HC Deb 25 January 1973 vol 849 cc625-7
9. Mr. Spearing

asked the Minister of State for Defence if he has received an invitation for any personnel for whom he is responsible to observe the forthcoming French nuclear tests in the Pacific Ocean.

Mr. Ian Gilmour

No, Sir.

Mr. Spearing

Is that not strange in view of the Foreign Secretary's pronouncements about the rôle of the European outlook in world affairs? Can the hon. Gentleman tell us whether the Government will be represented in any way at these tests in view of what I have pointed out?

Mr. Gilmour

The French Government have not yet confirmed that there will be a test series this year. If nuclear tests are carried out we shall, as in the past, take all appropriate steps to look after the health and safety of the inhabitants of our dependent territories in the area.

Mr. Marten

In view of the feelings of Australia and New Zealand about these tests, may I ask whether the Government have made any recent attempt to persuade the French Government to sign the test ban treaty?

Mr. Gilmour

As my hon. Friend is aware, the French Government know full well our views on this. We hope that in due course they will sign the test ban treaty. As my hon. Friend probably also knows, we voted for a resolution sponsored by Australia and New Zealand asking for an end to nuclear tests in the atmosphere.

Mr. Peart

Would it not be helpful if the Government made a forthright declaration and said that they specifically supported the New Zealand Government in their attitude? Is he aware that many people feel that the Government have been rather quiet and that they have allowed President Pompidou and Mr. Debre, the Minister of Defence, to get away with things? Is it not time to speak up for the British people?

Mr. Gilmour

The fundamental difference between the two sides of the House is that we do not believe that a strategy of indscriminate denunciations and declarations is ever very effective.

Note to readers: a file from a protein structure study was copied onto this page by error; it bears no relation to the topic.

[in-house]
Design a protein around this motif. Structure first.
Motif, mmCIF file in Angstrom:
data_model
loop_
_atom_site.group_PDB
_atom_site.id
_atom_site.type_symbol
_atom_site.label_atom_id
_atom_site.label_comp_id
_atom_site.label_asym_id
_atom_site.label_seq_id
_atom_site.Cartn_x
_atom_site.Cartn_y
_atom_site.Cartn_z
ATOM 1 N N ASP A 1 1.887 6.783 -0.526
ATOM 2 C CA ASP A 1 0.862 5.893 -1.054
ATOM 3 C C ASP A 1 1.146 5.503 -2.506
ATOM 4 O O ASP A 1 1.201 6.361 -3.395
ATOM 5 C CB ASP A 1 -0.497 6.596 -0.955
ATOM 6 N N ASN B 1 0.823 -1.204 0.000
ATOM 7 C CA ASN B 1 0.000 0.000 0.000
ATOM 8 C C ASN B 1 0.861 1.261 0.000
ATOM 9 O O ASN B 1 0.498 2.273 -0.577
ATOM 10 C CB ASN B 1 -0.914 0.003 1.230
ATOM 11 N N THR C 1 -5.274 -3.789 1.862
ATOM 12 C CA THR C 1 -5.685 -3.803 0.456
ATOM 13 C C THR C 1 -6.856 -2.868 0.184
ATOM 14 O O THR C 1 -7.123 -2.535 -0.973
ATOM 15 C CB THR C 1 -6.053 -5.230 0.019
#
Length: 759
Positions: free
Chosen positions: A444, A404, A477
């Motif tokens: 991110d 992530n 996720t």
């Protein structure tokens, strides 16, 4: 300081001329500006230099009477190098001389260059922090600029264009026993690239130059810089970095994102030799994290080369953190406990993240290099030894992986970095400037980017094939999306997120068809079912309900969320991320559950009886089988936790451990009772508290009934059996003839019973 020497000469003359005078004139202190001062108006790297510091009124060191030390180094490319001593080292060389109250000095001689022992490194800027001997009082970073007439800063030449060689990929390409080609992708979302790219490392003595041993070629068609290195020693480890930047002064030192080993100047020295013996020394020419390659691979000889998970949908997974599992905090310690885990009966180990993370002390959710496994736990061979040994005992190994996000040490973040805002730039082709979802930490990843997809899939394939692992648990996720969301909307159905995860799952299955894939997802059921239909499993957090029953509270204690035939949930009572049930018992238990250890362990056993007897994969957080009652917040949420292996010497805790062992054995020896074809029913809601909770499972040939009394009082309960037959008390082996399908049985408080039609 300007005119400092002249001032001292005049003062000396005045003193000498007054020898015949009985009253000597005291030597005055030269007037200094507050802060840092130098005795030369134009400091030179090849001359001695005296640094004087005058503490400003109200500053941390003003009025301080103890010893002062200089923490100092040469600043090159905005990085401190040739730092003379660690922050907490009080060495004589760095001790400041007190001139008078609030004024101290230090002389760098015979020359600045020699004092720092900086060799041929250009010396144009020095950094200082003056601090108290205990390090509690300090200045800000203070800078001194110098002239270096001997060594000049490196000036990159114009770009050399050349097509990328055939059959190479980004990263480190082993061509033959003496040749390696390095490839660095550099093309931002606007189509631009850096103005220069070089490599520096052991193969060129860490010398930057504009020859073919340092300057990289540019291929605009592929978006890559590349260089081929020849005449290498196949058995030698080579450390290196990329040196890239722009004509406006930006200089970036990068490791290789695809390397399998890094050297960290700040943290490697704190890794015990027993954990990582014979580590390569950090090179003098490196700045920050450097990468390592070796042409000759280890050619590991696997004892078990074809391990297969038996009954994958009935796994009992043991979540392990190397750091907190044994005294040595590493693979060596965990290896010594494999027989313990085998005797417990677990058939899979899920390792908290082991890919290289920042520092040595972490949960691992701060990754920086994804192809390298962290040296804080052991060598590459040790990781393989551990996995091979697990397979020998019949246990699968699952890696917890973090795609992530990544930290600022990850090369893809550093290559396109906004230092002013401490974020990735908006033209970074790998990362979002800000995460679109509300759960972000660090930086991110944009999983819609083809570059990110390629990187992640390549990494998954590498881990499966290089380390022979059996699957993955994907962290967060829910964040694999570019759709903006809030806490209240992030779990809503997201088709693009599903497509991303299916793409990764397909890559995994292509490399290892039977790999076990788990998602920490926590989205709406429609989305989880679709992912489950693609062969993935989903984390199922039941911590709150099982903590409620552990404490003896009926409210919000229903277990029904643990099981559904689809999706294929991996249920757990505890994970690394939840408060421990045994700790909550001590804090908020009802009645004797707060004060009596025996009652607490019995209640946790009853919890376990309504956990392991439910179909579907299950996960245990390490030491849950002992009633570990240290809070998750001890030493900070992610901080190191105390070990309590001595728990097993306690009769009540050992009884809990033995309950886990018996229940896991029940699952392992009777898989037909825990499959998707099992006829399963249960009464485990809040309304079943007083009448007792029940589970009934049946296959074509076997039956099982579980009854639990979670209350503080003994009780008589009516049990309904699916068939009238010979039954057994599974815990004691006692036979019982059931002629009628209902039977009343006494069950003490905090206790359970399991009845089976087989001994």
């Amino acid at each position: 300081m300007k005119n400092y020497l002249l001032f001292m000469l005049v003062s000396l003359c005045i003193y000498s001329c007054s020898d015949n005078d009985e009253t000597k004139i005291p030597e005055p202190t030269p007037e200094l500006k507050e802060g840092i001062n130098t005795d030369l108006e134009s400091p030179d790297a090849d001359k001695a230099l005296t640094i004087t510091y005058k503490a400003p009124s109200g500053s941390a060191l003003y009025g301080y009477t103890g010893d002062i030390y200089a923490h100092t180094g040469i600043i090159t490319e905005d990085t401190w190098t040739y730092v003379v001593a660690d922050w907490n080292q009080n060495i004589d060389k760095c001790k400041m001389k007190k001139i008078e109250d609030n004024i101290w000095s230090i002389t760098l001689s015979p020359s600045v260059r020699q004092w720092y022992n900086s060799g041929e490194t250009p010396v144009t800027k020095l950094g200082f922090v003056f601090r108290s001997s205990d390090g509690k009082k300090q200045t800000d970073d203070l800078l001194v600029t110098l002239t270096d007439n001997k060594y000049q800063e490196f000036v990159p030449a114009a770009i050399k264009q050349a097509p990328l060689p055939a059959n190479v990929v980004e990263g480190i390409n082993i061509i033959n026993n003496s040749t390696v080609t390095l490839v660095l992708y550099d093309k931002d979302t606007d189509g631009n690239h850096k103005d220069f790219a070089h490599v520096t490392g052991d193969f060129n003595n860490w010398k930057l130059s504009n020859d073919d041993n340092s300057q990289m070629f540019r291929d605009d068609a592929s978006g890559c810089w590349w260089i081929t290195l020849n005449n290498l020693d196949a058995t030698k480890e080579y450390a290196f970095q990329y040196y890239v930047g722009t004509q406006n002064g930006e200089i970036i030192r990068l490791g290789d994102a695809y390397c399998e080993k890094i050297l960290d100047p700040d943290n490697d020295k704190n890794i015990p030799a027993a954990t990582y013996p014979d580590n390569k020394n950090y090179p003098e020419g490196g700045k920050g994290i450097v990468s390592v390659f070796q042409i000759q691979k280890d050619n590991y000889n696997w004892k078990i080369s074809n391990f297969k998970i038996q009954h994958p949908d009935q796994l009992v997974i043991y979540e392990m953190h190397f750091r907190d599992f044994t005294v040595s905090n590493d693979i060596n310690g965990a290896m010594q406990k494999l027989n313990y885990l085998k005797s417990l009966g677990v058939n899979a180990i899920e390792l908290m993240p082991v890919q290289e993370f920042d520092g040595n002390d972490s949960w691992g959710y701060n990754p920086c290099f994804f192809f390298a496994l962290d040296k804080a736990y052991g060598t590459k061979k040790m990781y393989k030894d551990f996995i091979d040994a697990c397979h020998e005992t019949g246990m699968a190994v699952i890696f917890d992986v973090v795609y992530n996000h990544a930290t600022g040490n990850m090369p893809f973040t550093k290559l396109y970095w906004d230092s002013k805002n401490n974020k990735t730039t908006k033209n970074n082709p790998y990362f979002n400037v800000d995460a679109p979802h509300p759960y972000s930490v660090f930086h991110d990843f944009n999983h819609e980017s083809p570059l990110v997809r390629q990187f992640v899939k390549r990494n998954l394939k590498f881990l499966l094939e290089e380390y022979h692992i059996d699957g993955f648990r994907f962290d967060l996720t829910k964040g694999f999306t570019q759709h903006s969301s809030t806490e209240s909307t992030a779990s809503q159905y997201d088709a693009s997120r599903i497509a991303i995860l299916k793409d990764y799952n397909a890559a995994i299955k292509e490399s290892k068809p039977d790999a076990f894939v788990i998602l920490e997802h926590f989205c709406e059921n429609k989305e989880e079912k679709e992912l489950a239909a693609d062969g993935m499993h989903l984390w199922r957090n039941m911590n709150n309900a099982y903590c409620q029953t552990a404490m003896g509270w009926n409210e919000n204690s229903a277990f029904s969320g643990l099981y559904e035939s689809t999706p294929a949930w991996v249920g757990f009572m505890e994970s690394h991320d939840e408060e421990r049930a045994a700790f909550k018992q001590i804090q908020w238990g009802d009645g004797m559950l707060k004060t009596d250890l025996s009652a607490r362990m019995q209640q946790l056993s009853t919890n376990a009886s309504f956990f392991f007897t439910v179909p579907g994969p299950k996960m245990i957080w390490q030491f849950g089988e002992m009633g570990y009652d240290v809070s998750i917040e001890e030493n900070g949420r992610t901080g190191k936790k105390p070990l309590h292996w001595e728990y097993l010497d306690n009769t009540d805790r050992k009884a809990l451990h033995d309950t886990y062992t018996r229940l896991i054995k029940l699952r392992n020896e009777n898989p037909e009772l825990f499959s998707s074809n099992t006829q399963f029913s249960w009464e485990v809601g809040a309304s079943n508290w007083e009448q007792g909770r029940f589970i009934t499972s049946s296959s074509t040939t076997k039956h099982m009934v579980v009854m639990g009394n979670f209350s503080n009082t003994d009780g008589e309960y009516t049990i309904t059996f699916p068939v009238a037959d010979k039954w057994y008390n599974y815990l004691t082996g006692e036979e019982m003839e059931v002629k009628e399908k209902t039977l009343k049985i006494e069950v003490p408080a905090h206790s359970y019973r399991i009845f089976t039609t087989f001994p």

Sir G. Nabarro

Is my hon. Friend aware that only yesterday I received a letter from Pitcairn Islands saying that the flora and fauna have suffered the most devastating damage as a result of nuclear fall-out and that the British authorities responsible for this area are entirely oblivious to the fate of the islanders? Will my hon. Friend make inquiries to help the population of this distant outpost of the former British Empire?

Mr. Gilmour

I was not aware of my hon. Friend's recent correspondence. He is quite wrong in saying that we are oblivious to what goes on in Pitcairn Island. Our radiological surveys have not indicated any damage to health in the area round the island as a result of the French tests.

Mr. Loughlin

Is not a serious principle involved here? Is it not time for the Government to support New Zealand and Australia in their contest against what is, in effect, a serious crime against humanity since all nuclear tests are likely to damage not only the people now living on earth but future generations?

Mr. Gilmour

I do not accept the hon. Gentleman's alarmist language. The French Government are well aware of our views and we supported the Australian and New Zealand resolution in the United Nations.